"Almost perfect. Two-tone back is a little ugly."4.5 starson by VitaPrimo
Pros: Excellent screen, OS, build, cloud integration and accessory ecosystem. The easiest phone to use. Premium phone, resells at a premium price—in case you ever want to get rid of it, I doubt it.
Cons: The design could be cleaner, it's not very Apple-like.
Summary: First some background. [...]
[ Having had all the iPhones but the original, it feels good to upgrade. Recently I had lost an iPhone 4S in one of my lines so I got stuck using two iPhone 4s, which are not bad phones, I actually can accomplish so much in the two-generations old phones and the feel speedy even though the OS (iOS 6) has so much features this time around.
I have two phone lines with different carriers, I'm always switching phones in one of them and in the other line I always have the latest iPhone available in my country. I switch phone because I like to experiment and try out new stuff, I'm always looking for the latest Android & Windows Phone devices, I don't like to be told they're bad, I want to see it myself. First I tried out Android, 2.3.something, Gingerbread, I don't remember the number, it was fun for a while as I feel I was escaping from iOS... Eventually it became a very frustrating experience, search was a very complicated affair, this was before Siri, and usually used my iPhone for everything that actually would get something done.
Contact sync was made via Google Contacts of HTC Sense Sync [or whatever it's called] no integraton with iCloud which is a real problem because I rely on iCloud heavily. Later I got a Nokia Lumia 900 and even though I could play as much with the OS as with Android, the experience was much more refined, Windows Phone is a fantastic OS it just needed some tweaks here and there. I read somewhere that one month before I got the phone, universal search was disabled as it infringed some Apple patents--no surprise there. Not two months later got rid again of the phone. I gave away both this phones to my nephew and niece. I came back to an iPhone 4 until Android 4 was released, against all my better judgement I got a Galaxy Nexus, I hate Samsung cellphones but I wanted a clean Android experience. The phone lasted me three weeks and a couple of days, not even a month. Gave it away too.
Then I lost my iPhone 4S and got an old iPhone 4 out of storage and just waited for the sixth-generation iPhone; ] the design, the two-tone back is a little ugly for my taste, specially in the silver one, in the black one is not as noticeable and, if they clearly have move the antennas to the top and bottom, as the glass RF windows tell, why on earth they insist on keeping those stupid lines at the sides that have looked awful on the iPhone since the 4th generation iPhone. What made the phone beautiful were the glass covers, more specifically, the rear one because in the white front one the huge black turned off display doesn't look that pretty. Same goes for the holes above it—camera and sensors.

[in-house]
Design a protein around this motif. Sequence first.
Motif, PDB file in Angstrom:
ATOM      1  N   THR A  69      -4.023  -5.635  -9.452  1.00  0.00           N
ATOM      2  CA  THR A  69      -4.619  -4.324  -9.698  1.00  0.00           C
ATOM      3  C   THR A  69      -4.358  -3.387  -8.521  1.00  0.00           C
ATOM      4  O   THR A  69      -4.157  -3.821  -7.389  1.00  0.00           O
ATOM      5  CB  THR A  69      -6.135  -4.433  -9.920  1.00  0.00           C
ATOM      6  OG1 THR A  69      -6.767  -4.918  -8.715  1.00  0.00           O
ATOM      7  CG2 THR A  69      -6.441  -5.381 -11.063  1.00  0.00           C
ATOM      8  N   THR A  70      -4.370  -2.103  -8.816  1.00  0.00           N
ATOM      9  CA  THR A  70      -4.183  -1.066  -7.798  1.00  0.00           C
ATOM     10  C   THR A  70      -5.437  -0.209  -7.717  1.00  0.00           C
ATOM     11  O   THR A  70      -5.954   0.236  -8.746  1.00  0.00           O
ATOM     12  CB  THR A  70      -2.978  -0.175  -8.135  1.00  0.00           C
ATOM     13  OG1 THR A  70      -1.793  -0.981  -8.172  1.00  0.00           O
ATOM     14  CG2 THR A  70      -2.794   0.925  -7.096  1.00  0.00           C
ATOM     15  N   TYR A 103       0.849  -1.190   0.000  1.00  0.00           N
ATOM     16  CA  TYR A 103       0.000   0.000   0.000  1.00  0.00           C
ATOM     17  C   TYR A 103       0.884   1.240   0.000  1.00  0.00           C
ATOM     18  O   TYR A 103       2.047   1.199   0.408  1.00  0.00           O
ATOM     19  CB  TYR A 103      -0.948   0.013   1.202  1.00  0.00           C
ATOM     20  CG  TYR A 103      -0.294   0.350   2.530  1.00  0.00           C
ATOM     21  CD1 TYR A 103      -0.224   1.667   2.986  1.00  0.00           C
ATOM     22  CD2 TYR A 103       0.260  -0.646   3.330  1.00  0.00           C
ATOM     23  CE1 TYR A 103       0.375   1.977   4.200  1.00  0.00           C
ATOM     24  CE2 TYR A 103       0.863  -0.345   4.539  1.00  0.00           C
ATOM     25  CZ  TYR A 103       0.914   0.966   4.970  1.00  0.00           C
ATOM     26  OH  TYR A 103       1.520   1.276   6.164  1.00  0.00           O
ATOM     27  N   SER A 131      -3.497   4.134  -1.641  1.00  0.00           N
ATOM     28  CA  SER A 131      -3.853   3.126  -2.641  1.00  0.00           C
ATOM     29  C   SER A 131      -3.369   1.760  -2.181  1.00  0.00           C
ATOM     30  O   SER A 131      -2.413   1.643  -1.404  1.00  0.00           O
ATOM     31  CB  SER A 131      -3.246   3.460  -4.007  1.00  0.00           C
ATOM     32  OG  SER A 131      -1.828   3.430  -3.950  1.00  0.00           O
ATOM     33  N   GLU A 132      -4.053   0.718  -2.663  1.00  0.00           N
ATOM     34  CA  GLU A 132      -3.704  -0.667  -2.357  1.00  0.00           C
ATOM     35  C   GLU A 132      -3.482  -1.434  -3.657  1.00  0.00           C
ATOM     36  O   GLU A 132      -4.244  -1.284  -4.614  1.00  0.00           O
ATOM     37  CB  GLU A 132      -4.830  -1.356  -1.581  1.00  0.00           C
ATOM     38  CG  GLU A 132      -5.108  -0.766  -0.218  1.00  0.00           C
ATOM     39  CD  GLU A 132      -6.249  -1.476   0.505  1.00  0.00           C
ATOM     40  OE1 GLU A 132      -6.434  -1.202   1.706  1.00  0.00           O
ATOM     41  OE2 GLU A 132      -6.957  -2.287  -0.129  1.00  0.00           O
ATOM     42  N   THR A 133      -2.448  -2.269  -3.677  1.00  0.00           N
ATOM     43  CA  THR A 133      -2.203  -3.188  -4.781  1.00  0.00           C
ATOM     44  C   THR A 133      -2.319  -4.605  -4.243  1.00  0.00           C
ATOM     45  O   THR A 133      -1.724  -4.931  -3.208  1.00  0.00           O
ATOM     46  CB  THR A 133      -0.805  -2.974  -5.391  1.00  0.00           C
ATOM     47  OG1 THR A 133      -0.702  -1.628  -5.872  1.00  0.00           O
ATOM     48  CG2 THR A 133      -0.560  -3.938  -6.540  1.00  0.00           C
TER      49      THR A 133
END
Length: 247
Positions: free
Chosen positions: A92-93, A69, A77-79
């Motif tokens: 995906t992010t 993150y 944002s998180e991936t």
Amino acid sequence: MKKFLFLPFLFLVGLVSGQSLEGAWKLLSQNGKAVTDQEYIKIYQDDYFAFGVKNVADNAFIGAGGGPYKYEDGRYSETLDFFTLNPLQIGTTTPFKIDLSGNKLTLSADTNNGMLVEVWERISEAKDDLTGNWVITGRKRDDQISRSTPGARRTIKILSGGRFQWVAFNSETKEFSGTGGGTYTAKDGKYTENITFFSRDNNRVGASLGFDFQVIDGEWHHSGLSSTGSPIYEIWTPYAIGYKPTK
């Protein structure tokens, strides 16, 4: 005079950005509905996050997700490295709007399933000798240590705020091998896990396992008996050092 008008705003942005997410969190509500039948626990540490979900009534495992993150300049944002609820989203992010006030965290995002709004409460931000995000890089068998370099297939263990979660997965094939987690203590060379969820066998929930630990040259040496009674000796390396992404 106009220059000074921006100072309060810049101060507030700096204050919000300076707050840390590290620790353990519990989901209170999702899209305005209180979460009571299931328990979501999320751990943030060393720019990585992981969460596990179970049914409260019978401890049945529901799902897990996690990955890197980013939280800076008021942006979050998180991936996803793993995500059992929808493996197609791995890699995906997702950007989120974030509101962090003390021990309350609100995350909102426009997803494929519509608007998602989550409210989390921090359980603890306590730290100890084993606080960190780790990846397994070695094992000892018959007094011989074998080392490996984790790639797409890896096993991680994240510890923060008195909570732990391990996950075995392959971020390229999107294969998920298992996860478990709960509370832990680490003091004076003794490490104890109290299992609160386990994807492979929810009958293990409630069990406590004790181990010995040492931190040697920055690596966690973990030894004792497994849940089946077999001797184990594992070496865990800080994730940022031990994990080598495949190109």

Now with this iteration they took away all of this and stuck us [those who like the iPhone] with those horrible miniature glasses on the back that break the cleanliness of the phone. And if that wasn't enough, they at least didn't remove the lines at the sides that clearly serve no purpose this time.
Aside from that, the larger screen, even it wasn't necessary, is a welcome addition—any iPhone owner can assure you this. When I had phones with almost 5 inches for a screen I didn't feel any advantage, because the OS is a mess. Also, I suspect that aside from the logical explanation that the phone wouldn't fit in your hands there is also the practical explanation that it would break compatibility with all dock accessories by making it wider; well yes, but they went away and broke it anyway by changing the port from the 30-pin dock connector the the Lightning one. Even it's still possible to dock your iPhone 5 with existing accessories, it looks ridiculous and let's face it, Apple is about design (I was gonna say looks but I felt like a would be backstabbing myself.)
Let's move on from the bad.
The OS is rock solid, it's known that Android becomes unresponsive and you can't even answer a call if too much memory is being used. Not everyone is a geek and know how to manage memory and most people don't like to read manuals. My last Android device came with a very thick User's Manual, since I was already familiar with Android, I didn't care for it.
Although everything you can do on iOS you can do on Android, there is always a workaround and thing to setup, this is a pain in the butt. My favorite browser is Safari, it has Reader, Reading Lists, a beautiful minimal interface and it syncs with all my devices, be them Windows, Mac or iOS. I use all these features because they make my life easier. I can do the same with Chrome or Firefox, but there something extra to setup and besides, iOS defaults to Safari unless jailbroken. Also, pretty much where you can select a word, you can define it right there without leaving the app. Siri can also do this but I won't touch Siri here. No workarounds. To find your phone is also easy, you just set it up when setting up your phone and you never worry for it again, no third parties. Notes and Reminders also sync with all your devices. Again no workarounds or third parties.
I'd love for, say, Viber or WhatsApp to integrate natively with the phone like on Android but iOS is not there yet, and besides that'd open tons of security holes.
You won't need a manual when using your iPhone, everything is intuitive, just skim the Finger Tips booklet that comes with it and instantly you're an iPhone pro. My mother has the accessibility options turned on for a slightly bigger text and before the iPhone she didn't even read SMSs. Now just juste asks Siri for everything she doesn't understand or know how to do; "the girl in the phone" would do it for her.
Even though they like to rub in your face over and over that iOS has the most apps, you only need a handful, for me those are the apps that save you airtime and texting, since in my country there isn't unlimited text & calling, but there is unlimited data and tethering, no extra charge. So, what's the difference then? Quality; iOS apps are among the most beautifully designed and with the most support. Sure there apps that are utter crap, fermium apps, but I stay away from those.